WSOPC Chicagoland Event #4, Day 2
Yeah, I was a bit overtired when I wrote that Day 1 synopsis. Lots of typooohs.
Anyhow, I had my A game for Day 1, but not so much for Day 2. I simply did not get a good night's sleep, and it might have come back to bite me.
We resumed at 2pm on Monday, 30 players at four tables, needing to get down to 18 to reach the money, then on from there. I'd had a great table on Sunday, but on Monday there were three large stacks to my immediately left among the seven players. One of them was a tough Russian girl named Nadja who I remembered from last year, and another of the stacks turned out to be tourney veteran Patti Till. The third large stack was to my immediate left.
I had 60,800, but blinds and antes were already 1,200/2,400/300, and folding to the money was no option. Neither was playing a hand, at least at first -- I found 7-2, 7-3, 8-3, 9-2, and all sorts of similar combinations for the first couple of laps. Meanwhile, we were losing a player every three or four hands.
We were down to about 23 players and I was in the big blind when my make-or-break hand arrived. The deep stack to my immediate left opened for 10,000. It folded all the way around to me, and I found aces. I pondered whether to call and take the flop, or just jam for my last 50,000. I picked Door B and got a snap-call from the UTG player, who blessedly had Q-Q. An ace flopped, but so did a ten, and then a jack on the turn brought the Broadway bad beat into play. It was bad for a second when paint flashed, but it was another jack, and all of a sudden I was north of 100,000, and pretty much assured of a cash. That happened just a lap or two later, and the TDs took the final two tables' players up to the performance stage at The Venue, where this was held. I'd been up there last year as well in the H.O.R.S.E. tourney, but it was good to be back with a playable stack.
Of course, the players who were left were tougher, too, and I just couldn't make much headway. I had the tough Nadja at my table, a couple of other good players, and a seemingly timid but very aggressive player to my right who kept stealing blinds and mixing it up. After a while I was just aching to mix it up with her in a big hand, but she got the better of me the whole time we were at two tables. As for me, I was doing my best just to hold steady, oscillating between 75,000 and 125,000 as we lost another six players.
I was back down to about 90,000 and blinds/antes were all the way up to 6,000/12,000/1,000 when I found an unsuited A-K on the button, among the best hands I saw all day. I jammed with it, and the small blind tanked before calling me for her last 65,000. She showed J-J, but this race I won when an ace flopped. I had about 160,000, but then took a small hit and was soon back down and scuffling around the 100,000 mark, after getting check-raised off a weak flush draw by the aforementioned aggromouse on my right.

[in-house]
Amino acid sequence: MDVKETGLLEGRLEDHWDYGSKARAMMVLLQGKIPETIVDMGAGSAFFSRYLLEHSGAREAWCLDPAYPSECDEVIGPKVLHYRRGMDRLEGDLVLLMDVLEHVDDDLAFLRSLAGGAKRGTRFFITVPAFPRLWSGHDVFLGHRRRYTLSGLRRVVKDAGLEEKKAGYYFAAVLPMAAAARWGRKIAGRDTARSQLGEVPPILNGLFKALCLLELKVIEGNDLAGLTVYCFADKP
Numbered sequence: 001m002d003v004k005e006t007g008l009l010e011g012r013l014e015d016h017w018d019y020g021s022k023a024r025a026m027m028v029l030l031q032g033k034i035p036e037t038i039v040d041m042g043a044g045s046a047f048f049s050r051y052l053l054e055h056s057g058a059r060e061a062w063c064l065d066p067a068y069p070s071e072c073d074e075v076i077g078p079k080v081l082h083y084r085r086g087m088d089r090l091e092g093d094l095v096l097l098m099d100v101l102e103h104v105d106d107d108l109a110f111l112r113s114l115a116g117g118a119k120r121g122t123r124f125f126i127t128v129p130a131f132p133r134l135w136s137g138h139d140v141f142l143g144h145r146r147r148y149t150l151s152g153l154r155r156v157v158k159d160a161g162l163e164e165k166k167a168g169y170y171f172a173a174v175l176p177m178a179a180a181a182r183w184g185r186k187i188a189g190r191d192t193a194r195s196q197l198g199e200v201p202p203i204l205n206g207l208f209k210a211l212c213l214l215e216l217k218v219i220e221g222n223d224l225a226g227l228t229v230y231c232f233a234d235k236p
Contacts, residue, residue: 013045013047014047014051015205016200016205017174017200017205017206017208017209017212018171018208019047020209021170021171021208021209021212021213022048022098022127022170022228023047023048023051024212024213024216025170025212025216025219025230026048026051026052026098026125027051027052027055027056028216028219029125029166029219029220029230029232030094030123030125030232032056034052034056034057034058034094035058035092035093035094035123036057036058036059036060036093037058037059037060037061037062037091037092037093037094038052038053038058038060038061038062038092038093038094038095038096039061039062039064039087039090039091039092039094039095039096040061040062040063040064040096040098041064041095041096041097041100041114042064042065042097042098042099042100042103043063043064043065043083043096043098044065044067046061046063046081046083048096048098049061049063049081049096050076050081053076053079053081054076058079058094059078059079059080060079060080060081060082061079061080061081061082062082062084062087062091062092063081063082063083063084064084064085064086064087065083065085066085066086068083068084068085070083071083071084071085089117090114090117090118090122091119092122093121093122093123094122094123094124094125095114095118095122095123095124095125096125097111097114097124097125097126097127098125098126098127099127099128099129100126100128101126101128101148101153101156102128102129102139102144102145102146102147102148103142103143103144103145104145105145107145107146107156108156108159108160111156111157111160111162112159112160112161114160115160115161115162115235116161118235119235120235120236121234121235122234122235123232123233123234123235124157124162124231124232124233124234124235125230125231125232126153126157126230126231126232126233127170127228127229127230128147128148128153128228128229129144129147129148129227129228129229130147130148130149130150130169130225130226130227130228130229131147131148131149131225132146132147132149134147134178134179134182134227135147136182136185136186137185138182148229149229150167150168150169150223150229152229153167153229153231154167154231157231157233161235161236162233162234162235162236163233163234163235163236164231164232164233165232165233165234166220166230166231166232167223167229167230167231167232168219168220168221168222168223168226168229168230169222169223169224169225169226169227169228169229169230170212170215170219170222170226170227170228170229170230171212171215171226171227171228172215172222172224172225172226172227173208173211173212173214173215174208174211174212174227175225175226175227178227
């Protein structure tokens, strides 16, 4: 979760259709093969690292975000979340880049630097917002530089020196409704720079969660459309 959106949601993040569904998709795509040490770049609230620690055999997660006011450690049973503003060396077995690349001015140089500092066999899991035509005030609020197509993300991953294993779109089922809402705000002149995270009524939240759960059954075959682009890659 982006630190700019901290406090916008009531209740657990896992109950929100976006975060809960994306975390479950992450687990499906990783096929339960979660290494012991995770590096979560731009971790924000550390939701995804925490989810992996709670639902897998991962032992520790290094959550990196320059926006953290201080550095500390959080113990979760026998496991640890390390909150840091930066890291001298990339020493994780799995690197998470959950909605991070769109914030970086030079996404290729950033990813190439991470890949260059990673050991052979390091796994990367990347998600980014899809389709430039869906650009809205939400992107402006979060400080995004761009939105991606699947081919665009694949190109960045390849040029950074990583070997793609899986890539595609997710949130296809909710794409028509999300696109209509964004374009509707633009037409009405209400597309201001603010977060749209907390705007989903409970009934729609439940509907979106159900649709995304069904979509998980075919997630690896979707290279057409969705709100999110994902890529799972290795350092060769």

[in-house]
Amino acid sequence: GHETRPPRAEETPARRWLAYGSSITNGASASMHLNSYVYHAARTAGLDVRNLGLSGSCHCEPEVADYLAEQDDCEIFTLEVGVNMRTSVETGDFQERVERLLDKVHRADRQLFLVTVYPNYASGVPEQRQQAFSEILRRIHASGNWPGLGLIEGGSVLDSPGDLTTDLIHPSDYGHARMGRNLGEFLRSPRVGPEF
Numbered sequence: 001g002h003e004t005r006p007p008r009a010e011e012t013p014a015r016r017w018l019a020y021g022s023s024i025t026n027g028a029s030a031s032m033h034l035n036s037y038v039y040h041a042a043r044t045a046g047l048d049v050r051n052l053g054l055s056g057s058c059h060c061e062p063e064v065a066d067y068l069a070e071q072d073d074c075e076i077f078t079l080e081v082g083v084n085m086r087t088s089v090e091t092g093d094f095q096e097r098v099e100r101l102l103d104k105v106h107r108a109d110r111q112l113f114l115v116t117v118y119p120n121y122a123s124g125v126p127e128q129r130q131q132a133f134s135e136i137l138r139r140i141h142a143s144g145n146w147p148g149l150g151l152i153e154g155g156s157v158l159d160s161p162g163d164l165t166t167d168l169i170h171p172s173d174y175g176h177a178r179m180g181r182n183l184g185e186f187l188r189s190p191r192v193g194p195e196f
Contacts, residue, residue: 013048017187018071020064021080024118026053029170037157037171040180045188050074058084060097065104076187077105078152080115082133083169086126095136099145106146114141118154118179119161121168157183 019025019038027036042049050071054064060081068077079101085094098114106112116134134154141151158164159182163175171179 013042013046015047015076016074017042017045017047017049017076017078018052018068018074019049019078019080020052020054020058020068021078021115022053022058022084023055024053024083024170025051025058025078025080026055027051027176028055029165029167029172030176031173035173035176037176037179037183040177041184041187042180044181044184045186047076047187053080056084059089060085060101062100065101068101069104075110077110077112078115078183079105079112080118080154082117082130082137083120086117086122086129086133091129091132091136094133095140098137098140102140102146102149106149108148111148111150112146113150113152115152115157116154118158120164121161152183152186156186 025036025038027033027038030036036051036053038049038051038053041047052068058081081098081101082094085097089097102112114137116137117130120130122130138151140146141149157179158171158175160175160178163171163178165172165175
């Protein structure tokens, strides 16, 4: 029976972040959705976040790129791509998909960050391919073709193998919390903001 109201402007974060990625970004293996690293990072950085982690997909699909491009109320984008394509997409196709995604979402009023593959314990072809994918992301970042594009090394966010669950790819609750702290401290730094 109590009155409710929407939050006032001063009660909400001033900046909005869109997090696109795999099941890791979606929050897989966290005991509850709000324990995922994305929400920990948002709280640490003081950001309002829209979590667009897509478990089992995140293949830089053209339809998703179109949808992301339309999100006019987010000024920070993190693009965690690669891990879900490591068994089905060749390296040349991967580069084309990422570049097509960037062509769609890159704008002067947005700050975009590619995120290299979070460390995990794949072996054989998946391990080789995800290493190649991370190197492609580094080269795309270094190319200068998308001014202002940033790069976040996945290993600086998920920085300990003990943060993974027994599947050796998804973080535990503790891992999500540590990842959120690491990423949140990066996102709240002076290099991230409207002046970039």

I think I was under 90,000 and blinds were imminently moving to 8,000/16,000/2,000 when I made a move with A-8 suited, and was called by a good player in the big blind, who had me just covered. Bad news, as I for sure only have three outs there, and she indeed showed A-J. Good news, in that the flop came A-Q-8. Somehow I dodged both the jack and the queen and doubled through, then bounced her the very next hand in 11th. It was the only bad beat I laid on anyone the entire tourney, but it came at a great moment for me.
We combined to a single table and filled out the player info sheets; this was my first Circuit final table, and I was mid-pack at 196,000 when we did the redraw. That was my high-water mark, as I never won a single hand at the final. Every hand was contested and I had to get out of the only pot I entered after being stop-n-go'd while whiffing a flop with A-Q. Meanwhile, Patti Till won a race with a short stack to avoid going out in tenth, and she ended up running all the way to second, behind Nadja, the eventual winner. I was card dead and the blinds and antes were eating us up, and we lost a short stack to set the official final table and then another one to close to eight players.
I had about 135,000 or so when it was folded all the way around to me in the small blind, where I found A-8 of hearts. The shortest remaining stack was in the big blind, the same player I'd doubled through with aces early in the day. I attempted to set her all in for last 50,000 and she snap-called and showed A-K, which held.
So I was the short stack, and found nothing at all during the next lap, dribbling away the 2,000 ante every hand, leaving me perhaps 65,000, about four big blinds. Soon it was my big blind, and it was folded all the way around to the small. She raised from a deep stack, I looked and found A-J and jammed, and she called for just a few more chips with A-K. There's no way not to play the A-J there, of course. I was just a bit coolered at the very end.
It's never easy, though, win or lose. The flop came 8-9-Q, and the turn was the ten, giving me the suckout straight. The river, though, was the re-suck jack, useless to me and giving her Broadway, sending me off in eighth.
So much for that. It was a good long tourney run, but still quite short of where I hoped it would end up. I'd promised Nolan I'd return to play this year's H.O.R.S.E. tourney if I won this won, but in a way it was okay -- I'd have been way too beat to play good poker the next day anyway.
So far, these Circuit events are the only thing I've played where I've had some success: three entered, three cashes. Now, if I could do something about that oh-fer-four in the much more expensive events at the WSOP itself, I'd be happy. It's a shame I'm not slightly better at poker and a whole bunch younger, because then I'd have more hopes for the future.
Today I just feel old.